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PostPosted: Mon May 28, 2007 5:29 pm 
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Joined: Wed May 02, 2007 1:30 am
Posts: 14
Location: Austin, Texas
Thinking Rock really helped manage a difficult situation. Two months ago, I knew that I needed to get organized or I was going to collapse under my workload. I fill a function in my company similar to that of a CTO (except that I'm not an executive). My job is focused on evaluating processes and tools, planning new products, marketing, and helping the company stay current with industry standards and best practices. There is a lot of variability in my projects, with no clear boundaries, so I'm what David Allen (following Peter Drucker) calls a "knowledge worker."

After we launched a new product about five months ago, my workload really intensified. After three months of scrambling constantly and barely keeping up, I knew that I had get my projects under better control, and I picked up David Allen's Getting Things Done. It was exactly what I was looking for. Someone online (softtechmatrix) recommended Thinking Rock, and I was all set up.

I LOVED the way the "process thoughts" interface guided me through the GTD processing decisions. No flowcharts to memorize, nothing complicated - just the critical GTD decisions about work. The purpose, vision, & brainstorming fields on the projects really helped me nail down exactly what I was trying to achieve, and how I planned to get them done.

When I was finished processing my stuff, I had more than 300 actions in TR. It was overwhelming to see how much work I had been trying to manage on my own. But better than that, my work was now organized into a heirarchy of projects, and for the FIRST TIME since I moved into this position, I had a comprehensive picture of my projects how they all related. This really helped me visualize my work and its strategic direction. It helped me to better define my role in the organization, and it came from the bottom up (built from the actual work that I was doing), so I knew that it was real and accurate.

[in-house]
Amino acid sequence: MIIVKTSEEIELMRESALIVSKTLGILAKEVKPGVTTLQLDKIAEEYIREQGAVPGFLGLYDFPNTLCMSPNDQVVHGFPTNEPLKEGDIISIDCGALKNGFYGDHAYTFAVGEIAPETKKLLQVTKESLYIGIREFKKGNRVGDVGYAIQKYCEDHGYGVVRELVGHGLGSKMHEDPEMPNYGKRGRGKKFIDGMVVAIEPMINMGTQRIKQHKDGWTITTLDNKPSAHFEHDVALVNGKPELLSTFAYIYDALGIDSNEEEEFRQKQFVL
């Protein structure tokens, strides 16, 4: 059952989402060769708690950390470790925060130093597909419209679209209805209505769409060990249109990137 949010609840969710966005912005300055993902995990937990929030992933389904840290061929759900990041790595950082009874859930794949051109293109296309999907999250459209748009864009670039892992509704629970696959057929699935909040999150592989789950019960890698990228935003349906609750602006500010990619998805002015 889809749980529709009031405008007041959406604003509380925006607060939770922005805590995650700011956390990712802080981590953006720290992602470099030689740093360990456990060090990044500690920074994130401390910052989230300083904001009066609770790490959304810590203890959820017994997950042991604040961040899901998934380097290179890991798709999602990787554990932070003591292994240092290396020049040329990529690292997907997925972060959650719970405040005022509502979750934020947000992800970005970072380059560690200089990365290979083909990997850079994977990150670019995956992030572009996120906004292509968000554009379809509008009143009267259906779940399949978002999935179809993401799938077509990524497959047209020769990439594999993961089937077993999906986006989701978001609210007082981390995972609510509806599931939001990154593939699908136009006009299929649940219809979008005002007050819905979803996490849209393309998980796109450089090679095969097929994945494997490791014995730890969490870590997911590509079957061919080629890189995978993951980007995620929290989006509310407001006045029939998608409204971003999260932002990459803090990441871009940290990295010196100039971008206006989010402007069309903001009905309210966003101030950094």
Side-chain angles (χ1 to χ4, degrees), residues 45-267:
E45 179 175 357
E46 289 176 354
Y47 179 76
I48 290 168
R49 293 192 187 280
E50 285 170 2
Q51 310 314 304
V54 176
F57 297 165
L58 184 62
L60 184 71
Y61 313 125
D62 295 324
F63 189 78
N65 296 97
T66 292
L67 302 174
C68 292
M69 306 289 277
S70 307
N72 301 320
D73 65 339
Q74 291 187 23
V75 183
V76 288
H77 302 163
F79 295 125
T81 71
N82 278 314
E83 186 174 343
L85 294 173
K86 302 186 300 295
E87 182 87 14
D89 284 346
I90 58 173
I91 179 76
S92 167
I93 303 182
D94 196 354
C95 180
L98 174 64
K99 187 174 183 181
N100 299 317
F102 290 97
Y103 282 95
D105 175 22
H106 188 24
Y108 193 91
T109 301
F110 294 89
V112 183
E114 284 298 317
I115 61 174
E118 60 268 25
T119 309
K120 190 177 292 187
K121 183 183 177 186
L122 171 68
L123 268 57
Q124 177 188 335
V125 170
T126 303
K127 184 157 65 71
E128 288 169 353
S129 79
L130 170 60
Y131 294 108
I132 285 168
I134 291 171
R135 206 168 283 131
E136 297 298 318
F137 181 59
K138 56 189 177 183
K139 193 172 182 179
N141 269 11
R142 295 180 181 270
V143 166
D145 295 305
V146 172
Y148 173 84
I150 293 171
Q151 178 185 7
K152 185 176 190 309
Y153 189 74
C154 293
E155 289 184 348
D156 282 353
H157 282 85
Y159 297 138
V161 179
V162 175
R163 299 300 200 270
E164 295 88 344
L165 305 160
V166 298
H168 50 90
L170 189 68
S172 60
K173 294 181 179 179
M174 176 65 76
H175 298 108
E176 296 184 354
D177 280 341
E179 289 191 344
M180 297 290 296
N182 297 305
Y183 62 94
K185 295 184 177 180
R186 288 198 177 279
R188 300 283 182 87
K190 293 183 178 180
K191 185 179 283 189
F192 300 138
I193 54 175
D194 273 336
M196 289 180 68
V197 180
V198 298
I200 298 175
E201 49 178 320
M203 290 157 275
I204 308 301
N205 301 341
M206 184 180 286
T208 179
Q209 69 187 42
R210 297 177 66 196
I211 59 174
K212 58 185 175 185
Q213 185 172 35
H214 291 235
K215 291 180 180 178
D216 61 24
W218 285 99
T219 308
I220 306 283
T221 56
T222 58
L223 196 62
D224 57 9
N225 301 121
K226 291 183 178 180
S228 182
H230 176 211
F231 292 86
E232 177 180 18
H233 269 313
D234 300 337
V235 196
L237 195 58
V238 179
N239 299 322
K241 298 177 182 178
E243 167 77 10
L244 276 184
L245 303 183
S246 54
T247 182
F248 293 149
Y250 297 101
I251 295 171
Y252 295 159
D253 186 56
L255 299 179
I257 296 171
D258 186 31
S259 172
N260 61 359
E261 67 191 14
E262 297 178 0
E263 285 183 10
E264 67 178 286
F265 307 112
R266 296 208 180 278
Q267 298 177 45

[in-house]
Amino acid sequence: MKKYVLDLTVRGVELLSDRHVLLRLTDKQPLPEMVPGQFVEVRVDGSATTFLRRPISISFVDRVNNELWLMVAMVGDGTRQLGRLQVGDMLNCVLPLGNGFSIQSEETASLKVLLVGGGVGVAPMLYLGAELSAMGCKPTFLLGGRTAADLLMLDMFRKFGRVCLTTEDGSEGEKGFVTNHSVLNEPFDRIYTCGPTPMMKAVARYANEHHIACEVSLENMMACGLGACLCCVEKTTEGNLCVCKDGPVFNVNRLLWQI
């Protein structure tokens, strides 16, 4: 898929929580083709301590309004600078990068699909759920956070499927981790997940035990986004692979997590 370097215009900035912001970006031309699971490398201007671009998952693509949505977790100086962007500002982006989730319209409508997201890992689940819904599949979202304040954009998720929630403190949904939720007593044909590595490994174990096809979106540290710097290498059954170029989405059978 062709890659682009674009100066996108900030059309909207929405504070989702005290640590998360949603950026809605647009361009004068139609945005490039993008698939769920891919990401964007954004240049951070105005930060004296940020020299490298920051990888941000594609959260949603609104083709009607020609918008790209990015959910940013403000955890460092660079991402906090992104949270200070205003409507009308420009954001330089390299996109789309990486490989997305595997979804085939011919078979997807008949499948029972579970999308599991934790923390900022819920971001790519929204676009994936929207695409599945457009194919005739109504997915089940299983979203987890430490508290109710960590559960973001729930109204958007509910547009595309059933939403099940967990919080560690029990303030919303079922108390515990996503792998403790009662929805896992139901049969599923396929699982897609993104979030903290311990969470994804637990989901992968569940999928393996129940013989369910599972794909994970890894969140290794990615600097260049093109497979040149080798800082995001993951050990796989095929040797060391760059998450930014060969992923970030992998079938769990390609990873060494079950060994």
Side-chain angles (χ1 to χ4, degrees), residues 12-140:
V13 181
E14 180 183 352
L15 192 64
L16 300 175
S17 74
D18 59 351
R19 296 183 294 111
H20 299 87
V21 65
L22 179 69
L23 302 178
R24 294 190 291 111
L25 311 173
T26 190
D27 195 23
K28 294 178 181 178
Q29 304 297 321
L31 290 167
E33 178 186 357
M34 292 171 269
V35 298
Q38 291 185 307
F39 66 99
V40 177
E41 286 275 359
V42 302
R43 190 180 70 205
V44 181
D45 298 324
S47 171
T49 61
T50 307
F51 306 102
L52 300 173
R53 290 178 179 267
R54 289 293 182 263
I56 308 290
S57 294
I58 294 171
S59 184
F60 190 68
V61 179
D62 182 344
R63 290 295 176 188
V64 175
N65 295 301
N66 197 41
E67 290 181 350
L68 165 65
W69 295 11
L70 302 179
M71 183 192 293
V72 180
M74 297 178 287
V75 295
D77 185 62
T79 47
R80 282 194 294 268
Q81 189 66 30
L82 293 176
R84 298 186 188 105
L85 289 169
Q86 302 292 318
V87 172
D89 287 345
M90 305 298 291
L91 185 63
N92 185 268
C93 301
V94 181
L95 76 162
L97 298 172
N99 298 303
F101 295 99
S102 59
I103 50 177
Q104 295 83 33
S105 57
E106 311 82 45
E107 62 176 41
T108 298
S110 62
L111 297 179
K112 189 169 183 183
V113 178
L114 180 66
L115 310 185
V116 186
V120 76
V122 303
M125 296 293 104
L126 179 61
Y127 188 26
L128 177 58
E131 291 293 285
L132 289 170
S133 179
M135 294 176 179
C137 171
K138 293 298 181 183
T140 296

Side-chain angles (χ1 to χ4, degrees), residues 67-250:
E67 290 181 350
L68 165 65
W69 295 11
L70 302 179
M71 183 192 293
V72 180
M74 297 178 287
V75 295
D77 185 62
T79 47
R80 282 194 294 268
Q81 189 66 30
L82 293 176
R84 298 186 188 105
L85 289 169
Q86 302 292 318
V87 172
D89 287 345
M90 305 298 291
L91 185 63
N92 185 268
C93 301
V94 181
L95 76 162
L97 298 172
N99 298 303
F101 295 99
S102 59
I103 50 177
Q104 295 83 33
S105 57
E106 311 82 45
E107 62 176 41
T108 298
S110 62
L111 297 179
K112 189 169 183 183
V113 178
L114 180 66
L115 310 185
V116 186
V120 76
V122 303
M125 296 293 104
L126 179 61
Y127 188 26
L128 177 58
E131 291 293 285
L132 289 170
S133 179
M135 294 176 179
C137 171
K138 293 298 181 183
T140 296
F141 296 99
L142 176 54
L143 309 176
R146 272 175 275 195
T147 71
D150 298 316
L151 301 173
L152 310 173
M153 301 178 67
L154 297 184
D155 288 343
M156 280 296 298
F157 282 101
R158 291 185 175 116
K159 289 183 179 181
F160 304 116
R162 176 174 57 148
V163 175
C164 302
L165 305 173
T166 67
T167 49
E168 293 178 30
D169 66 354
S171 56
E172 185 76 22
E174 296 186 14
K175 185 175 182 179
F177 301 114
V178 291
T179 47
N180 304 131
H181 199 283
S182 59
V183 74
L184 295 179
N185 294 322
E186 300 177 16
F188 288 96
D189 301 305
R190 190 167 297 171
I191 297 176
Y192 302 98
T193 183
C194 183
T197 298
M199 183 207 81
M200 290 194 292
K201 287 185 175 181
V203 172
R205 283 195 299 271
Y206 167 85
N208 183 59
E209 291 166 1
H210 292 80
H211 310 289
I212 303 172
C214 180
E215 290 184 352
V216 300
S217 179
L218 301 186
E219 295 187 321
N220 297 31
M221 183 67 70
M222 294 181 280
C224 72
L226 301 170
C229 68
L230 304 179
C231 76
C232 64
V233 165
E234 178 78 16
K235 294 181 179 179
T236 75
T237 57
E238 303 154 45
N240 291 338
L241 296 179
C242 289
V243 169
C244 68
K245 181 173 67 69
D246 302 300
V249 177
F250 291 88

Using TR, I was able to present my projects to my boss in a more organized fashion. I walked him through my entire workload, so that we could prioritize my projects and delegate. He could hardly deprioritize anything - almost all of my projects were mission-critical. There were only a few areas that I could delegate outside my team. So instead he decided to give me more resources. My team expanded from two people to five, and we are in the process of bringing another person onboard as well.

TR made the difference between me complaining that I was overloaded (which was ineffective) and being able to SHOW my boss exactly how many projects I was carrying so we could make smart decisions and do something about it (which was very effective!).

That's a big accomplishment, and TR made a big difference.


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PostPosted: Mon Jun 04, 2007 7:07 am 
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Joined: Sun Jan 07, 2007 1:48 pm
Posts: 221
Location: Netherlands
Hi Dan,

Great read. I'm very happy to have you hooked up with TR and now to see that it made this big impact on your working environment 8)

Hans Peter.


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PostPosted: Mon Jun 04, 2007 9:34 pm 
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Joined: Wed Jul 05, 2006 11:11 am
Posts: 1517
Location: Sydney
Thank you Dan. It is very rewarding for us to read how TR helps users.

_________________
Claire
ThinkingRock Analyst and Tester


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PostPosted: Wed Jun 06, 2007 6:12 am 
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Joined: Sun May 20, 2007 6:44 am
Posts: 5
Location: Helsinki, Finland
Hi,

A somewhat similar situation...

danyoung wrote:
Using TR, I was able to present my projects to my boss in a more organized fashion. I walked him through my entire workload, so that we could prioritize my projects and delegate. He could hardly deprioritize anything - almost all of my projects were mission-critical. There were only a few areas that I could delegate outside my team. So instead he decided to give me more resources.


With TR it became obvious to me that I was in deep trouble with the amount of tasks and the given schedule. However, my current project schedule is very tight, my job requires technical knowledge that is very hard to come by (licensing, NDA:s, bureaucracy etc) and the learning curve is quite steep, so there is really no way to delegate to anyone.

As requirements and requests arrive, it's now easy to talk them over with my boss and prioritize them.

danyoung wrote:
TR made the difference between me complaining that I was overloaded (which was ineffective) and being able to SHOW my boss exactly how many projects I was carrying so we could make smart decisions and do something about it (which was very effective!).


Here's where I'm still struggling. I'm using the delta version of 2.0 and reports are still being worked on. Unless I can get my team/boss to actually open up my TR file, I can only improvise a short list of tasks.

However, what has happened, is that I've learned to say "no" to internal requests more often. A single glance at the actions screen is usually enough to make a go/postpone/no-go decision with my colleagues, even without the explicit approval of my boss.

Regards,

Petri


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